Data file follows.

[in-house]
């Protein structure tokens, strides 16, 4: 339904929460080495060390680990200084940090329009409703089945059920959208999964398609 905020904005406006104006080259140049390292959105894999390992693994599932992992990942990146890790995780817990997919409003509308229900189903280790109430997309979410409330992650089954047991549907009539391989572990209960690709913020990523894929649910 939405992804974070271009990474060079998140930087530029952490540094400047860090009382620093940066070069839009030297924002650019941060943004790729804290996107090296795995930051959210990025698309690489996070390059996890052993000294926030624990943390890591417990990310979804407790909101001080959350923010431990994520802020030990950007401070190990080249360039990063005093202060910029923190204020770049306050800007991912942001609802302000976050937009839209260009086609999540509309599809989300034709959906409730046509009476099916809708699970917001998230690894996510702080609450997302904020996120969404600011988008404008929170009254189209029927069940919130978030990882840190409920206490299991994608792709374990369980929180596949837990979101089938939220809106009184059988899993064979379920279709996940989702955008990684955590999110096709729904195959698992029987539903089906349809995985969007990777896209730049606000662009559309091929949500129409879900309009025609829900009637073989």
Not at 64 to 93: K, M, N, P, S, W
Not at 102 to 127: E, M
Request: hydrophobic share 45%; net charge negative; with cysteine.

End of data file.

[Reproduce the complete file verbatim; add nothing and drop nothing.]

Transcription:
[in-house]
């Protein structure tokens, strides 16, 4: 339904929460080495060390680990200084940090329009409703089945059920959208999964398609 905020904005406006104006080259140049390292959105894999390992693994599932992992990942990146890790995780817990997919409003509308229900189903280790109430997309979410409330992650089954047991549907009539391989572990209960690709913020990523894929649910 939405992804974070271009990474060079998140930087530029952490540094400047860090009382620093940066070069839009030297924002650019941060943004790729804290996107090296795995930051959210990025698309690489996070390059996890052993000294926030624990943390890591417990990310979804407790909101001080959350923010431990994520802020030990950007401070190990080249360039990063005093202060910029923190204020770049306050800007991912942001609802302000976050937009839209260009086609999540509309599809989300034709959906409730046509009476099916809708699970917001998230690894996510702080609450997302904020996120969404600011988008404008929170009254189209029927069940919130978030990882840190409920206490299991994608792709374990369980929180596949837990979101089938939220809106009184059988899993064979379920279709996940989702955008990684955590999110096709729904195959698992029987539903089906349809995985969007990777896209730049606000662009559309091929949500129409879900309009025609829900009637073989």
Not at 64 to 93: K, M, N, P, S, W
Not at 102 to 127: E, M
Request: hydrophobic share 45%; net charge negative; with cysteine.